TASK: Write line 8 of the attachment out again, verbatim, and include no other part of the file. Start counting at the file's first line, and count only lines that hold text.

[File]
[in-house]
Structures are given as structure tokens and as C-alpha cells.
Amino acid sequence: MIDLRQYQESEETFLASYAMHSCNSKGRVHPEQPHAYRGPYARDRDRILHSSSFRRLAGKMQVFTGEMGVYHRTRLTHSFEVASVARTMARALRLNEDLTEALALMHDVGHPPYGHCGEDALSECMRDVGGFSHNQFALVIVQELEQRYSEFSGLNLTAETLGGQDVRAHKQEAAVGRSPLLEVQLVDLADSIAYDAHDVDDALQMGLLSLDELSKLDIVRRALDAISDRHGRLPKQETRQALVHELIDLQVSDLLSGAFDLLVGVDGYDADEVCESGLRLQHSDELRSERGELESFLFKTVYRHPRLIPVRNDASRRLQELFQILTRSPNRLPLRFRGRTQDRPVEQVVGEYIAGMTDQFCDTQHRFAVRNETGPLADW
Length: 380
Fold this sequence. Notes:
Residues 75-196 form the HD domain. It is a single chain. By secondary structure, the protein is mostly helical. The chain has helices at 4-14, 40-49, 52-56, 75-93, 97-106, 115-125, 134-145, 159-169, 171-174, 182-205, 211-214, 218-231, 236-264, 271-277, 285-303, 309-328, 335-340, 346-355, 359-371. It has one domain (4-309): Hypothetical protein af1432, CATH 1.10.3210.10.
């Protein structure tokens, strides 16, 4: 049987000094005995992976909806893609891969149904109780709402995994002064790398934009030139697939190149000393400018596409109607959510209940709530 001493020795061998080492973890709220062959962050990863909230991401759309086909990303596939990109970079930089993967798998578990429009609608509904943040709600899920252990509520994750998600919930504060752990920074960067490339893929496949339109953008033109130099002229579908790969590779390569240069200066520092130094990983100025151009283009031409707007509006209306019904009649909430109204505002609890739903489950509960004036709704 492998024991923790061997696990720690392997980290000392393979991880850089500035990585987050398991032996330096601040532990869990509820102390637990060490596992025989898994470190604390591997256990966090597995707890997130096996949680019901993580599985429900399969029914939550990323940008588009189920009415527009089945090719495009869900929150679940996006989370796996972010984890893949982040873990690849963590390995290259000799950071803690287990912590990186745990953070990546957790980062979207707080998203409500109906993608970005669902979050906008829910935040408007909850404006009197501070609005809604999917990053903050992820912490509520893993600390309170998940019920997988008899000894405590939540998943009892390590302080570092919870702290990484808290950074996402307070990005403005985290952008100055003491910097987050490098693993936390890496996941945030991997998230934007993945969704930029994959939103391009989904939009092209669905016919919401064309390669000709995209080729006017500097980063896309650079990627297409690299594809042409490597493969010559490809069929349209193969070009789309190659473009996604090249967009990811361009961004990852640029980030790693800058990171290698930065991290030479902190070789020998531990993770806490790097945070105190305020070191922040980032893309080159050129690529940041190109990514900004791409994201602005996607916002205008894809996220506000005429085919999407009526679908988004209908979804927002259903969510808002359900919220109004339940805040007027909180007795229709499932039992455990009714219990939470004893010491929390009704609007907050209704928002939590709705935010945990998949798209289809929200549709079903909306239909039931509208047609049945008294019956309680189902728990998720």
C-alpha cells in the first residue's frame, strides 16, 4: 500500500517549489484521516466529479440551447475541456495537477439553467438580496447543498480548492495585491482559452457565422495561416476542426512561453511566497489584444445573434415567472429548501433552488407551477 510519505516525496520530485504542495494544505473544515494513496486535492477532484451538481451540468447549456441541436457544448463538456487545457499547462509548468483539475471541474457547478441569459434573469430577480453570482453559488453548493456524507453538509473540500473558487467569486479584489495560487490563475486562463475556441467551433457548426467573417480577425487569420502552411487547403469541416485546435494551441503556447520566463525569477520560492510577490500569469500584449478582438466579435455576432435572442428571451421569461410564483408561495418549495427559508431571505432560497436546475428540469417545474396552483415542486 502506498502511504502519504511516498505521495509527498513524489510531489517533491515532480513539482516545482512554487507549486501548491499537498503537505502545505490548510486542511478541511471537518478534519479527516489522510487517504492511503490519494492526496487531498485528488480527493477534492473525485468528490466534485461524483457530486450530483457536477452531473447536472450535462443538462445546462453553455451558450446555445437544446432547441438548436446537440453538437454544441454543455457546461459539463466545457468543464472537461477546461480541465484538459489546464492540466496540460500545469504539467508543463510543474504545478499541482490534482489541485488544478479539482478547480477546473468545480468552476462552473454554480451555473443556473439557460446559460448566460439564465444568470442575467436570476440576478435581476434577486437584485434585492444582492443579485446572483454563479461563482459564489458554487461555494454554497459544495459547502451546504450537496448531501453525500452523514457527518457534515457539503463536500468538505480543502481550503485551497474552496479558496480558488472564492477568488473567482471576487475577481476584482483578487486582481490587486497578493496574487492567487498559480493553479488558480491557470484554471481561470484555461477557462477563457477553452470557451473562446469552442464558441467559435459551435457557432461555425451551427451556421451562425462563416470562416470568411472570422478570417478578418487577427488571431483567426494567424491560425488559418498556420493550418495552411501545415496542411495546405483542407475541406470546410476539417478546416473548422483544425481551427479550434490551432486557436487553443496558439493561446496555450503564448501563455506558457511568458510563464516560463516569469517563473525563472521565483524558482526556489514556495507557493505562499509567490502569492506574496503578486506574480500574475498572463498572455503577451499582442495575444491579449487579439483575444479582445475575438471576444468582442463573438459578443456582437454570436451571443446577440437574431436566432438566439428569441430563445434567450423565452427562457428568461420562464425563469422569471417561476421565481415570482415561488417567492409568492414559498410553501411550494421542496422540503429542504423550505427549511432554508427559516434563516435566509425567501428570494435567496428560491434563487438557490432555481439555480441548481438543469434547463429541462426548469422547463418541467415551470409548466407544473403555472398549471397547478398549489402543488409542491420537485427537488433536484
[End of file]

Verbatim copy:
C-alpha cells in the first residue's frame, strides 16, 4: 500500500517549489484521516466529479440551447475541456495537477439553467438580496447543498480548492495585491482559452457565422495561416476542426512561453511566497489584444445573434415567472429548501433552488407551477 510519505516525496520530485504542495494544505473544515494513496486535492477532484451538481451540468447549456441541436457544448463538456487545457499547462509548468483539475471541474457547478441569459434573469430577480453570482453559488453548493456524507453538509473540500473558487467569486479584489495560487490563475486562463475556441467551433457548426467573417480577425487569420502552411487547403469541416485546435494551441503556447520566463525569477520560492510577490500569469500584449478582438466579435455576432435572442428571451421569461410564483408561495418549495427559508431571505432560497436546475428540469417545474396552483415542486 502506498502511504502519504511516498505521495509527498513524489510531489517533491515532480513539482516545482512554487507549486501548491499537498503537505502545505490548510486542511478541511471537518478534519479527516489522510487517504492511503490519494492526496487531498485528488480527493477534492473525485468528490466534485461524483457530486450530483457536477452531473447536472450535462443538462445546462453553455451558450446555445437544446432547441438548436446537440453538437454544441454543455457546461459539463466545457468543464472537461477546461480541465484538459489546464492540466496540460500545469504539467508543463510543474504545478499541482490534482489541485488544478479539482478547480477546473468545480468552476462552473454554480451555473443556473439557460446559460448566460439564465444568470442575467436570476440576478435581476434577486437584485434585492444582492443579485446572483454563479461563482459564489458554487461555494454554497459544495459547502451546504450537496448531501453525500452523514457527518457534515457539503463536500468538505480543502481550503485551497474552496479558496480558488472564492477568488473567482471576487475577481476584482483578487486582481490587486497578493496574487492567487498559480493553479488558480491557470484554471481561470484555461477557462477563457477553452470557451473562446469552442464558441467559435459551435457557432461555425451551427451556421451562425462563416470562416470568411472570422478570417478578418487577427488571431483567426494567424491560425488559418498556420493550418495552411501545415496542411495546405483542407475541406470546410476539417478546416473548422483544425481551427479550434490551432486557436487553443496558439493561446496555450503564448501563455506558457511568458510563464516560463516569469517563473525563472521565483524558482526556489514556495507557493505562499509567490502569492506574496503578486506574480500574475498572463498572455503577451499582442495575444491579449487579439483575444479582445475575438471576444468582442463573438459578443456582437454570436451571443446577440437574431436566432438566439428569441430563445434567450423565452427562457428568461420562464425563469422569471417561476421565481415570482415561488417567492409568492414559498410553501411550494421542496422540503429542504423550505427549511432554508427559516434563516435566509425567501428570494435567496428560491434563487438557490432555481439555480441548481438543469434547463429541462426548469422547463418541467415551470409548466407544473403555472398549471397547478398549489402543488409542491420537485427537488433536484